The final days of our journey through the centre of Australia were spent in two more of the Northern Territory’s wonderful national parks.
The first of these was Kakadu National Park, which we visited on a two-day coach tour. Kakadu has important facts in common with Uluru-Kata Tjuta National Park. It is owned by the local Aboriginal people; is leased back to the federal government under a joint-management agreement; and it has a dual-listing as a world heritage site, for both natural and cultural qualities. You can find out more about the park here, including the fact that it is about half the entire size of Switzerland!
After a brief stop at a pub for morning tea – it’s an ‘outback Australia’ thing – we and 19 other members of the tour group squeezed ourselves into three light planes for a one-hour flight over stretches of the park. There we are, smiling for the camera aboard that small aircraft, as captured by one of our tour-buddies!
Kakadu has two two main physical elements: the massive sandstone Arnhem Plateau, which we first met at Nitmiluk NP; and its extensive network of rivers, floodplains and wetlands, fed by the annual monsoonal rains. Here are some of the views we had of these features.
After our scenic flight and a bite of lunch, we got to see one of the wetland areas at close quarters on a cruise around Yellow Water Billabong. (Btw, if you search Wikipedia for the meaning of ‘billabong’, the entry includes just one photo – Yellow Water!)
The airborne object in this photo from our tour is not another small plane. Maggie captured a dragon-fly in mid-flight!
Of course, where there is water in the Top End, there will be animals lurking. And not just any animals. I’m talking about saltwater crocodile-type animals, as in the centre of the photo on the right. It had been a cold night and our tour guide explained that the crocs were not yet on the move; they needed another hour of warm sunshine to recharge their batteries.
We weren’t about to check the veracity of that statement! (That’s a My cousin Vinny allusion, dear readers.)
And here is our tour guide, Dennis, son of a New Zealand man and a significant local Aboriginal woman. His commentary was full of interesting information. He also had a classic Australian sense of humour, ie dry and razor-sharp, and his impersonations of a crocodile putting an end to a human life were worth the admission fee alone!
Here are some more scenes from our extensive journey around the billabong. The birds in the last photo of this group are magpie geese. They are not shielding themselves from the hot tropical sun. They are hiding from birds of prey, of which there is an abundant supply in this rich environment!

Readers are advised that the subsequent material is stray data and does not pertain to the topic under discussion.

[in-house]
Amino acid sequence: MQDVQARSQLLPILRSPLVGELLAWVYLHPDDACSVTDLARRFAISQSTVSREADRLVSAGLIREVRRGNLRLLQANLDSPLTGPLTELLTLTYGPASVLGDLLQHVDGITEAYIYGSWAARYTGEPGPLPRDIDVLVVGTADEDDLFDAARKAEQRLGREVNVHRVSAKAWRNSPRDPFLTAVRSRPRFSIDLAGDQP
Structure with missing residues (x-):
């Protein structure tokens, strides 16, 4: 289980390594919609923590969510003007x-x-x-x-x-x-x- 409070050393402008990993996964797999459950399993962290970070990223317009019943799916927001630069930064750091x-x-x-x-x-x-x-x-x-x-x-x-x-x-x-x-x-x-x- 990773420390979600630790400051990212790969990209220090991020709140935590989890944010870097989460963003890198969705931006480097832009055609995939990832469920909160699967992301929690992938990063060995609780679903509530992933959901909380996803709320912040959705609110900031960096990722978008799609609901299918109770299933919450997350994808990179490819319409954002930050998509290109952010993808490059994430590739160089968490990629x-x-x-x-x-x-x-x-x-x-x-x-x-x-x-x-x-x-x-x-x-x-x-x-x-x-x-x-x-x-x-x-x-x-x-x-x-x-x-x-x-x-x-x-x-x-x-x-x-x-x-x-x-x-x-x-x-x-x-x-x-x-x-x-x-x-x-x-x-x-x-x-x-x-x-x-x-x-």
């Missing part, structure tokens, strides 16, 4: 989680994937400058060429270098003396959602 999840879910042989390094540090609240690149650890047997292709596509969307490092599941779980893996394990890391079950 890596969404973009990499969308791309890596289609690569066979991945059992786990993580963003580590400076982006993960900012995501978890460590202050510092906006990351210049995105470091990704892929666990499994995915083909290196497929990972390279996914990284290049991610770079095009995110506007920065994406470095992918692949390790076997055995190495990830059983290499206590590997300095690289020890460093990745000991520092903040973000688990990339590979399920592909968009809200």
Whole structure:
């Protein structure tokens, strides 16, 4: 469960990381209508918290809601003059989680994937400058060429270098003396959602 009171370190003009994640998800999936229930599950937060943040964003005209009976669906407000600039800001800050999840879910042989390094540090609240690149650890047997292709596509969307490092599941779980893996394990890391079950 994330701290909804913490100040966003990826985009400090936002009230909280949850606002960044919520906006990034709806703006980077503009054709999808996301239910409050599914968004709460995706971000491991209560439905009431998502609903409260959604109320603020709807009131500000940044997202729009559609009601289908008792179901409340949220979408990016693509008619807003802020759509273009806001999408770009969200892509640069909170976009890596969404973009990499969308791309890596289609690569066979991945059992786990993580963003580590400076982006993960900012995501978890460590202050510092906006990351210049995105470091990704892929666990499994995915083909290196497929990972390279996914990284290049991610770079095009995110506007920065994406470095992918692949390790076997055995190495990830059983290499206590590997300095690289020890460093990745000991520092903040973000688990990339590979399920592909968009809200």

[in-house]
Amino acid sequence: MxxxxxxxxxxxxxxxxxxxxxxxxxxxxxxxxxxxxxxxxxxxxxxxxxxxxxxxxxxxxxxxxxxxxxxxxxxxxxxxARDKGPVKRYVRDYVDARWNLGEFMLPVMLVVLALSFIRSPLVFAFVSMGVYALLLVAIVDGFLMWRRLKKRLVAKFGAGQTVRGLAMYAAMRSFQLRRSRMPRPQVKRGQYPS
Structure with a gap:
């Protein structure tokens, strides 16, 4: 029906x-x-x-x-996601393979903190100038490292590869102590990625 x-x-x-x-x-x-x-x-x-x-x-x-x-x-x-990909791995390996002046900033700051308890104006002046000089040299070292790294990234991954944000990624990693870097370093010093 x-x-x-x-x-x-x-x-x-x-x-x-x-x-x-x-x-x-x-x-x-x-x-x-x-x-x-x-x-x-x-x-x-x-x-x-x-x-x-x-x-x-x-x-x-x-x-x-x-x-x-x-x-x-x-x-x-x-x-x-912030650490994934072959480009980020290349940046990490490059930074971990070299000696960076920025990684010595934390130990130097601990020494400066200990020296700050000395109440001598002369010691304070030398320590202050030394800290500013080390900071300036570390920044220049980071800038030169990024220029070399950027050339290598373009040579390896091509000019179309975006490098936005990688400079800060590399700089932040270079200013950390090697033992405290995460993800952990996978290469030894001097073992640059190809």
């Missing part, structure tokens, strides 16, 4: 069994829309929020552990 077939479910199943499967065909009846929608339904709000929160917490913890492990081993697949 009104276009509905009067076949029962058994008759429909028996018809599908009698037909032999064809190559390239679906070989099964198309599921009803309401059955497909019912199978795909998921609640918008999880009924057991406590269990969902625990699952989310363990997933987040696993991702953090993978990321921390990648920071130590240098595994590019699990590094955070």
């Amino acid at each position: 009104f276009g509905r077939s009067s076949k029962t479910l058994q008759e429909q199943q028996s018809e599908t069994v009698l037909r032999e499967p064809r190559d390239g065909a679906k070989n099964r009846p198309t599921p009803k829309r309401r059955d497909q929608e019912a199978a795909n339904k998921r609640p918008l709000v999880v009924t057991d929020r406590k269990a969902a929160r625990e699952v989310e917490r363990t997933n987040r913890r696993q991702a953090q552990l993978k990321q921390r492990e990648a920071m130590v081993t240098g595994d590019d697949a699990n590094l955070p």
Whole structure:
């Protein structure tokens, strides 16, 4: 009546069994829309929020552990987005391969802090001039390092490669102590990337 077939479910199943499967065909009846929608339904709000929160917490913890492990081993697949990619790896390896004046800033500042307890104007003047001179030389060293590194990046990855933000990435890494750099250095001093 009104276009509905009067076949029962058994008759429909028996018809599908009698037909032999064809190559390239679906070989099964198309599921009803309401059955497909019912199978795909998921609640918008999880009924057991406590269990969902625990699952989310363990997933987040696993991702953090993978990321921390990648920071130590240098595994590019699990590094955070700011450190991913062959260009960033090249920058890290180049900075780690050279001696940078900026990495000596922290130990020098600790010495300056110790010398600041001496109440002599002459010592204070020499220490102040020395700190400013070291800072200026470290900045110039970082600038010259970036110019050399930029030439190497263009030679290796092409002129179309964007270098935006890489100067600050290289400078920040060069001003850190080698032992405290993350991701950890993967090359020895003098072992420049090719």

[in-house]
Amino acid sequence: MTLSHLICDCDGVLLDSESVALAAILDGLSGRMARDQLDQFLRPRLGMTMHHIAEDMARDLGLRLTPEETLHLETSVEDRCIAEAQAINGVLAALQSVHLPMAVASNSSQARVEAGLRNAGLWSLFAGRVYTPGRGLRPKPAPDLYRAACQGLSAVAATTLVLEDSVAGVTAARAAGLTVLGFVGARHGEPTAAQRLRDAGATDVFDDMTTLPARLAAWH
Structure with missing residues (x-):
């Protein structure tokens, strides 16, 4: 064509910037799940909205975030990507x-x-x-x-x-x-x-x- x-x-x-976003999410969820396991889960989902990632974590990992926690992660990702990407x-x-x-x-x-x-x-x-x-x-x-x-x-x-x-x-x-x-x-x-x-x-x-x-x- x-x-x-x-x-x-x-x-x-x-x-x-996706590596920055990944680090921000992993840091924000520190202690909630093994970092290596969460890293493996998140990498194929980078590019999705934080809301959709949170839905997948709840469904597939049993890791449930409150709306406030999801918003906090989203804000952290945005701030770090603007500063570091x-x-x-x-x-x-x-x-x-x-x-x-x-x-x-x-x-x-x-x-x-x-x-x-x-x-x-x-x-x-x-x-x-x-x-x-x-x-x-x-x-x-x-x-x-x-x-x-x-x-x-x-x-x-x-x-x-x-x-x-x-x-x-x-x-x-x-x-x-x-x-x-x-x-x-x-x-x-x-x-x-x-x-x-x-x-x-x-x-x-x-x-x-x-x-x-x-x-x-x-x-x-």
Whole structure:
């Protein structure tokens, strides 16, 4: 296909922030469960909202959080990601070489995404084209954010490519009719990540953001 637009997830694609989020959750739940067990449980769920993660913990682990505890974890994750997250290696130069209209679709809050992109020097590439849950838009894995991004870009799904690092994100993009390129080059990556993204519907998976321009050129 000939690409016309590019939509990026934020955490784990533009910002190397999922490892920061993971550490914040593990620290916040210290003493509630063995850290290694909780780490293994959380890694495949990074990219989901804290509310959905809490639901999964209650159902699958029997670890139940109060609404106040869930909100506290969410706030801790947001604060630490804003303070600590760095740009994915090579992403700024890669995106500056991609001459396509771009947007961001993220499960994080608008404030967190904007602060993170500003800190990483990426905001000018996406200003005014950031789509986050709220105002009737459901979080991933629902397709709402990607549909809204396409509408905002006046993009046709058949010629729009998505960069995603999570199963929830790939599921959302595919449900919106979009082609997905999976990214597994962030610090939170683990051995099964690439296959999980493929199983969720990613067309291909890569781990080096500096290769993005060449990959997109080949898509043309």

Kakadu’s world heritage listing for cultural reasons derives from two main factors: the fact that the indigenous people of the area have a continuous history of active connection going back many tens of thousands of years; and the park’s vast collection of rock art.
Our tour itinerary included two of the three main rock art sites which are readily accessible to visitors. It was an interesting enough experience but we would have gained a more meaningful appreciation if we’d had the time available to go on one of the in-depth viewings led by one of the park’s expert rangers. You can learn more about the rock art in Kakadu here.
The last item on our Kakadu itinerary was a boat trip along the East Alligator River, led by Roman, son of a European man and a local Aboriginal woman.
It wasn’t long before we saw why this otherwise peaceful river was given its (erroneous) moniker by a British explore in the 1820s
Roman was particularly knowledgeable about the area’s flora and the numerous uses made of it by the traditional occupants. His explanation of how a spear was made was especially interesting; pity I didn’t capture it in a video to share with you!
The East Alligator River marks the boundary between Kakadu and Arnhem Land, a vast area in which traditional indigenous culture and practices continue strongly. For this reason, outsiders cannot visit Arnhem Land without a permit. That said, commercial tour groups are generally welcome and our time with Roman included a brief visit to the river’s eastern shore.
We definitely enjoyed our visit to Kakadu but, in two days, we barely scratched the surface of this vast and diverse area. Any person who has a special interest in, say, rock art, birdlife, geology or tropical flora, would be well-advised to allow several days for their explorations.
Next stop, Litchfield National Park!
Cheers for now!